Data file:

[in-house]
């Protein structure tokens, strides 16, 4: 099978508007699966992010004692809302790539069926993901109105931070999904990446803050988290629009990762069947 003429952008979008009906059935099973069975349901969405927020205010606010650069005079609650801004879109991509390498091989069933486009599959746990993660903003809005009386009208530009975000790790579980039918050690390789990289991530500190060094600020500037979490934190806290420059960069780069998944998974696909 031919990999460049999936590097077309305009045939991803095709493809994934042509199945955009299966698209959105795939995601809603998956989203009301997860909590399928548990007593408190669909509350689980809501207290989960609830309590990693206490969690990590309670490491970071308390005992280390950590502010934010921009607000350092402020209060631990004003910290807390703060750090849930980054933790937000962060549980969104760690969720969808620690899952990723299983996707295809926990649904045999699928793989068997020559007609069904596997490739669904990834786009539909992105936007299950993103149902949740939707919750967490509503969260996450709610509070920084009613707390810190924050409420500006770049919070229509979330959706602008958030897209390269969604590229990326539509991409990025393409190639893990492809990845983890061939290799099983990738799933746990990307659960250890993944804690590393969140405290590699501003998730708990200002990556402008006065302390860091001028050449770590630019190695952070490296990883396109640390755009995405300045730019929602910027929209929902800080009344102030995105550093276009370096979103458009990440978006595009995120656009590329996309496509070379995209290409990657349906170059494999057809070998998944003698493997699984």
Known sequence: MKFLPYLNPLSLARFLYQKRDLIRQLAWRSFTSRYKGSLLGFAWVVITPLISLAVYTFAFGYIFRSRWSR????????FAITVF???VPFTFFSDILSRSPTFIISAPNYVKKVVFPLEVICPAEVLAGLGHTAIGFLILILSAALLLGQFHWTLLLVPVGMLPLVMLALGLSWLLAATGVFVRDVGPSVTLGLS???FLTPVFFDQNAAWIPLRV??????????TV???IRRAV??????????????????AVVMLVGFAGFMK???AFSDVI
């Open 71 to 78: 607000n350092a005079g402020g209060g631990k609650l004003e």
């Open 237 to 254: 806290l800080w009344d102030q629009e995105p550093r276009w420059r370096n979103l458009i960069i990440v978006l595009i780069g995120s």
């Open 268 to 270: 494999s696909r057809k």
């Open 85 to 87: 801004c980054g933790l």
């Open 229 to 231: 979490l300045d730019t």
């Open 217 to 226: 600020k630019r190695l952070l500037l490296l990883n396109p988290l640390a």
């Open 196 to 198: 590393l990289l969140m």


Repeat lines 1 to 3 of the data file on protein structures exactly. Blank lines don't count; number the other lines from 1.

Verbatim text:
[in-house]
């Protein structure tokens, strides 16, 4: 099978508007699966992010004692809302790539069926993901109105931070999904990446803050988290629009990762069947 003429952008979008009906059935099973069975349901969405927020205010606010650069005079609650801004879109991509390498091989069933486009599959746990993660903003809005009386009208530009975000790790579980039918050690390789990289991530500190060094600020500037979490934190806290420059960069780069998944998974696909 031919990999460049999936590097077309305009045939991803095709493809994934042509199945955009299966698209959105795939995601809603998956989203009301997860909590399928548990007593408190669909509350689980809501207290989960609830309590990693206490969690990590309670490491970071308390005992280390950590502010934010921009607000350092402020209060631990004003910290807390703060750090849930980054933790937000962060549980969104760690969720969808620690899952990723299983996707295809926990649904045999699928793989068997020559007609069904596997490739669904990834786009539909992105936007299950993103149902949740939707919750967490509503969260996450709610509070920084009613707390810190924050409420500006770049919070229509979330959706602008958030897209390269969604590229990326539509991409990025393409190639893990492809990845983890061939290799099983990738799933746990990307659960250890993944804690590393969140405290590699501003998730708990200002990556402008006065302390860091001028050449770590630019190695952070490296990883396109640390755009995405300045730019929602910027929209929902800080009344102030995105550093276009370096979103458009990440978006595009995120656009590329996309496509070379995209290409990657349906170059494999057809070998998944003698493997699984």
Known sequence: MKFLPYLNPLSLARFLYQKRDLIRQLAWRSFTSRYKGSLLGFAWVVITPLISLAVYTFAFGYIFRSRWSR????????FAITVF???VPFTFFSDILSRSPTFIISAPNYVKKVVFPLEVICPAEVLAGLGHTAIGFLILILSAALLLGQFHWTLLLVPVGMLPLVMLALGLSWLLAATGVFVRDVGPSVTLGLS???FLTPVFFDQNAAWIPLRV??????????TV???IRRAV??????????????????AVVMLVGFAGFMK???AFSDVI